Bill Gates is at the beach when he discovers a bottle, he opens it and a Genie appears. The Genie says, "I have been trapped for 1000 years. As a reward you can make a wish." Gates thinks about it as he carries the bottle back to his beach cottage. Once there, he goes to a bookshelf, pulls out an atlas and turns to a map of the Middle East. This area has seen conflict and suffering for hundreds of years. What I wish for is peace in the Middle East. The Genie replies, "I don't know I can do a lot, but this? Don't you have another wish?" Bill Gates thinks and finally says, OK. The whole world hates Microsoft because we have conquered the software market and because Windows still crashes. I wish you would make everybody love us. The Genie says, "Let me see that map again."


What do computers eat when they get hungry?


Google has released the beta version of a new browser, Chrome. In its comic-book preannouncement, Google stated correctly that watching videos, chatting, and even playing Web-based games didn't exist when browsers were first invented. Google wants the browser to help users focus on the applications and pages they are viewing, rather than on browser toolbars and buttons. Google has rethought the Internet browser--some of its basic underpinnings are quite novel--but users will recognize some features as they exist in other, open-source browsers on the market today.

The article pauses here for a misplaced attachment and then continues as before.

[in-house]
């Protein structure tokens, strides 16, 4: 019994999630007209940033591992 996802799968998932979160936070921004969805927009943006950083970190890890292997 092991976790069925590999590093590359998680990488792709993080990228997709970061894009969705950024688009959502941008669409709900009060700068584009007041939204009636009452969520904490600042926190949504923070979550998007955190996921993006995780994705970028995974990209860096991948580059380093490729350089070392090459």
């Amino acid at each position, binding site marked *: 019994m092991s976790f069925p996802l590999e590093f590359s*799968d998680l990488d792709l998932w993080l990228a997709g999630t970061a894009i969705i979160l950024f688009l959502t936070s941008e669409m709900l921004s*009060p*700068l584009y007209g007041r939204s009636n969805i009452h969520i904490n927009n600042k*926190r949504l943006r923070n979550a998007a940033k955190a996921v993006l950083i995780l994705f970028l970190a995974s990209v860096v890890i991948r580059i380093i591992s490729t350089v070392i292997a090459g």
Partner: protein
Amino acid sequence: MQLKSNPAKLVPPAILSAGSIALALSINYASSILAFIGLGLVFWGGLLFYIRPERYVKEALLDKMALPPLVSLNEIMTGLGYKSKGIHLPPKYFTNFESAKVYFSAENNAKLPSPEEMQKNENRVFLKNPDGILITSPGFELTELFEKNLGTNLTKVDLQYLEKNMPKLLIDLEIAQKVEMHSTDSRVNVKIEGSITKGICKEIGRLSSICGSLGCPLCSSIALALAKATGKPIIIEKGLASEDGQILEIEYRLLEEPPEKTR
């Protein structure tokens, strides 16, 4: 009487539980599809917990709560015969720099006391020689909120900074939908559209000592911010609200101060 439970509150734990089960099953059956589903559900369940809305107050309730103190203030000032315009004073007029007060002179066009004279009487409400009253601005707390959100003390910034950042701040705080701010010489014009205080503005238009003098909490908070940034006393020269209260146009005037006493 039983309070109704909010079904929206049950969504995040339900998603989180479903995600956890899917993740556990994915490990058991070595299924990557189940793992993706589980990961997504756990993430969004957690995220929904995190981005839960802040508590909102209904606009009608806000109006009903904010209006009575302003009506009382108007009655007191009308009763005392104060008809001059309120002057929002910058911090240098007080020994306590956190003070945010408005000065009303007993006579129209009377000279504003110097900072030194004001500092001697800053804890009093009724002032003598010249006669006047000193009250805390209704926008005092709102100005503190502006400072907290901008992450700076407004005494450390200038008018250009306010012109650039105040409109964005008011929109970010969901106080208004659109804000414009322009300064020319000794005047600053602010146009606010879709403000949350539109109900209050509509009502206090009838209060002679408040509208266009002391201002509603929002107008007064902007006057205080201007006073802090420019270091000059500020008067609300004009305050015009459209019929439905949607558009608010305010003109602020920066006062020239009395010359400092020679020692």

At the moment, only the Windows version of Chrome is available for download. Plans call for Mac OS X and Linux versions in the near future. That said, Google has released Chrome in 43 languages and in 122 countries.
Chrome is based on the open-source project Webkit, the same rendering engine used by Apple Safari. If a page renders in Safari, it will render in Chrome. Webkit is also the basis for Android, Google's mobile platform, so it seems that Google is planning to use Chrome in mobile environments.
The interface in Chrome is very different from other browsers and takes a little getting used to. Instead of the traditional Netscape/IE-style toolbar across the top, Chrome puts tabs across the top. Moreover, the tabs are detachable, so the terms "tabs" and "windows" become interchangeable within Chrome. Detached tabs can be dragged and dropped into the browser, and tabs can be rearranged at any time.